Join us this Sunday at 11am for a joint service at Christie St. Baptist Church (177 Christie St.). We will not be meeting in our usual building this Sunday.

Sign up here! Space is limited.

X Close Menu


Waiting for Jesus: the Parable of the Bags of Gold

November 8, 2015 Speaker: John Bell Series: The Parables of Jesus

Passage: Matthew 25:14–25:30

Waiting for Jesus: the Parable of the Bags of Gold

Matthew 25:14-30

Main Point of Parable: Christians are to wait for the Lord Jesus’ return as slaves commissioned to improve their master’s assets. (A slave is someone whose person and service belongs wholly to another.)

Helpful Teaching: “The purpose of eschatological teaching is not to fuel speculation about the dates and time of the final consummation. The biblical focus is always on readiness – waiting for the second coming of Jesus with expectancy and faithful vigilance.” Gene Greene

Point # 1 Like the master, God commissions his people to improve his assets.

Point # 2 Like the two good slaves, God’s people will be commended and rewarded when they have faithfully discharged that commission: they will be given more responsibility in the new heavens and new earth, and will share in their master’s joy.

Point # 3 Like the wicked slave, those who fail to improve their master’s assets will be punished by separation from God and all things good: they will be cast into hell.*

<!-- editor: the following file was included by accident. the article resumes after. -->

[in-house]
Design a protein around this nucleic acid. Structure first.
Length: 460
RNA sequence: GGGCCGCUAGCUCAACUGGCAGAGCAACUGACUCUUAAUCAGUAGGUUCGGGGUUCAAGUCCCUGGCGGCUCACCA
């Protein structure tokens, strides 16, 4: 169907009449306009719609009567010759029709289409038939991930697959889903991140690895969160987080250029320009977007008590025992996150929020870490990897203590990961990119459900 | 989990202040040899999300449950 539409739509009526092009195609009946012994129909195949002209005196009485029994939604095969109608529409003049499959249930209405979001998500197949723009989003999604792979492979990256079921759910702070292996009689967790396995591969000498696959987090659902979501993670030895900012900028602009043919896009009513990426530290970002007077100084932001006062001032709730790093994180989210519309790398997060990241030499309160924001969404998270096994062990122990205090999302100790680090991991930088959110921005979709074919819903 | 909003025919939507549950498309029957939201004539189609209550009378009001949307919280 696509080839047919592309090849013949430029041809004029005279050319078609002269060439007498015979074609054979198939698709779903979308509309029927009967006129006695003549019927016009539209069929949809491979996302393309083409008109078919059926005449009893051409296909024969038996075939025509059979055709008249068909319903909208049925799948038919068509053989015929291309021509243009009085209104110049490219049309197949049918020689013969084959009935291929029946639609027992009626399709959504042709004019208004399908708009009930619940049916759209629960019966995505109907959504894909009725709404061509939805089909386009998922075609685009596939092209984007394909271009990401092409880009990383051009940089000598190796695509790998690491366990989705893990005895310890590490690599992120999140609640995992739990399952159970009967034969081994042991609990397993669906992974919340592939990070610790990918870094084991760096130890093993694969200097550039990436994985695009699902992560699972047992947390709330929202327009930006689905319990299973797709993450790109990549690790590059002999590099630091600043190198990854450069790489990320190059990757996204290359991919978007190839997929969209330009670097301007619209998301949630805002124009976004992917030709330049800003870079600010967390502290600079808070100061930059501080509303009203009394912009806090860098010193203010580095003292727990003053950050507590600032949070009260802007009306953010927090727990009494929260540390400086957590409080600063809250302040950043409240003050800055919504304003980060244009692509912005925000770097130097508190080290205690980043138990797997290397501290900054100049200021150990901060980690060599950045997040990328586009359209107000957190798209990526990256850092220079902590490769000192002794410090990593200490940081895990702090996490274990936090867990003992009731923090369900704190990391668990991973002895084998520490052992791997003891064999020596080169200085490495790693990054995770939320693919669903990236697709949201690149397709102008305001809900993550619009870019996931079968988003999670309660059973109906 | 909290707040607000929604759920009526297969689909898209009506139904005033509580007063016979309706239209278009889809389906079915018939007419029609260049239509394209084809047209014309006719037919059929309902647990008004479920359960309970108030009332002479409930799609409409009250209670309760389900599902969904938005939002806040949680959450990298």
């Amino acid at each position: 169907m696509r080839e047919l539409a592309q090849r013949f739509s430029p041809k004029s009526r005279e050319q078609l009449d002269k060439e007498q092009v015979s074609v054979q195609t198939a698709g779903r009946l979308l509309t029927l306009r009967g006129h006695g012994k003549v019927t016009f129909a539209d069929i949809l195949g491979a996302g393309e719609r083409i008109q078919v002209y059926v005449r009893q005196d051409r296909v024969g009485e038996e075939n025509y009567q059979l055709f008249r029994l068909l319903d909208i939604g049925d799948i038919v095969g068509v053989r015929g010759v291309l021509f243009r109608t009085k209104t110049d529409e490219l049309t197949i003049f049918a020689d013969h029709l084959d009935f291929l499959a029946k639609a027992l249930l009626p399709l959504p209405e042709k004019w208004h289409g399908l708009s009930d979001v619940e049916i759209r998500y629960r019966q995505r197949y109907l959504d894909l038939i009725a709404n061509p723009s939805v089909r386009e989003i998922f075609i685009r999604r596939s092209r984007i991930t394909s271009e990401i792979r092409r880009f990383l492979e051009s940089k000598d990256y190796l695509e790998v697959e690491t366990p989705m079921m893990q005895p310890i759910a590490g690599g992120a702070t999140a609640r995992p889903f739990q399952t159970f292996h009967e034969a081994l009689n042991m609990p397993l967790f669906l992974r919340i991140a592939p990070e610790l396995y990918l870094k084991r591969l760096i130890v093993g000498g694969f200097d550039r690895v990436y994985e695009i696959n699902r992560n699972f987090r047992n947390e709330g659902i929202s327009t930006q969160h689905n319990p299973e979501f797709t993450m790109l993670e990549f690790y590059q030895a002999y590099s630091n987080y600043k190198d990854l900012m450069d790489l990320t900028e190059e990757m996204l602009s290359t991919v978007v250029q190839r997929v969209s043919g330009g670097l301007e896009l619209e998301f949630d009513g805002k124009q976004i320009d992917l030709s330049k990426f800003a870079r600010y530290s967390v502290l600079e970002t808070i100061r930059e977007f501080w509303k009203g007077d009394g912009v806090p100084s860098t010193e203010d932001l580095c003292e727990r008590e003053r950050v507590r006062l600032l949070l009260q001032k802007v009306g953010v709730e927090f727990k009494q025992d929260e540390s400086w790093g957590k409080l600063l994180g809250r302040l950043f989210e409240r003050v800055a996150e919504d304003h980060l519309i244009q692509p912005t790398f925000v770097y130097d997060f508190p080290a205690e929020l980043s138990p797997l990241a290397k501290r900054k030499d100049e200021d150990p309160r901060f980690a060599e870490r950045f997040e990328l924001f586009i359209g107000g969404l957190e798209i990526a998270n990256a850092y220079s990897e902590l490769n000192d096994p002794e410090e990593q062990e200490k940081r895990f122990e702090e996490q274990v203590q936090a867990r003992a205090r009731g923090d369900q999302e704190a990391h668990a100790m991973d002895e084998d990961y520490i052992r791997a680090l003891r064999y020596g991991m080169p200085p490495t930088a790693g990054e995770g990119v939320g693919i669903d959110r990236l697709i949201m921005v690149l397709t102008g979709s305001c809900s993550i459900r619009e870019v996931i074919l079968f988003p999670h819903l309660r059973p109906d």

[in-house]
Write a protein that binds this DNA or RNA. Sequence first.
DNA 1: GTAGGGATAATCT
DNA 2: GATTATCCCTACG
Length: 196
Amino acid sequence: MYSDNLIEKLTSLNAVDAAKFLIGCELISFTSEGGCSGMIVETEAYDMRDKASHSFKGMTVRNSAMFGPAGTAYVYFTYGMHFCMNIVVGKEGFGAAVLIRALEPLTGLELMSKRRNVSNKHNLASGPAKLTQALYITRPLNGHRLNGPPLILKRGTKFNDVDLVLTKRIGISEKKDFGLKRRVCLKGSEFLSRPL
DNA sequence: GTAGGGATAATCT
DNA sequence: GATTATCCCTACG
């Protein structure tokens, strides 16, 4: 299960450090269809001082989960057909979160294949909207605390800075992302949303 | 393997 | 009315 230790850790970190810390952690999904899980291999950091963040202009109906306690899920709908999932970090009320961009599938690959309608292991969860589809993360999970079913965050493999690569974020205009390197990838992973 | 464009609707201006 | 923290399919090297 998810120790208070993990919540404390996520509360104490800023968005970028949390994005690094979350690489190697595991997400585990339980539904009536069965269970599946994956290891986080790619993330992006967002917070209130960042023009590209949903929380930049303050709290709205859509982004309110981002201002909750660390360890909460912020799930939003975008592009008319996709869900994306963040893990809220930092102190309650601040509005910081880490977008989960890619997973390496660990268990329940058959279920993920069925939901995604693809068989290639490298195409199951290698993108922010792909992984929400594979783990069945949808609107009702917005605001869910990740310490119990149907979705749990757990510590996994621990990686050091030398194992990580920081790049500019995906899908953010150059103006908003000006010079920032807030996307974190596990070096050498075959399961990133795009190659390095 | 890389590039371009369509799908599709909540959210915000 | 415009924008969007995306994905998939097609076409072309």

Blomberg “Interpreting the Parables” (1990)

5 points for further consideration and application*

1) Our waiting for Jesus return is never merely passive.

2) Our task as Christians as we wait for the master’s return is to improve his assets – not our own. And copping out is not an option.

3) Presupposed is that Jesus’ slaves joyously recognize their responsibly – they have pride, and loving loyalty to the master. They take slavery seriously, out of profound love for the master.

4) It’s for our good that we adore our master and do what ever he wants.

5) The slave who fails to improve his master’s assets does not get into heaven anyways, with certain responsibilities revoked, while enjoying a smaller portion of his master’s joy: he is cast into hell.

* These 5 points are an adaptation of an outline by D.A. Carson.

More in The Parables of Jesus

January 10, 2016

The Parable of the Good Samaritan

November 29, 2015

The Beloved Son, the Rejected Stone

November 22, 2015

The Parable of the soils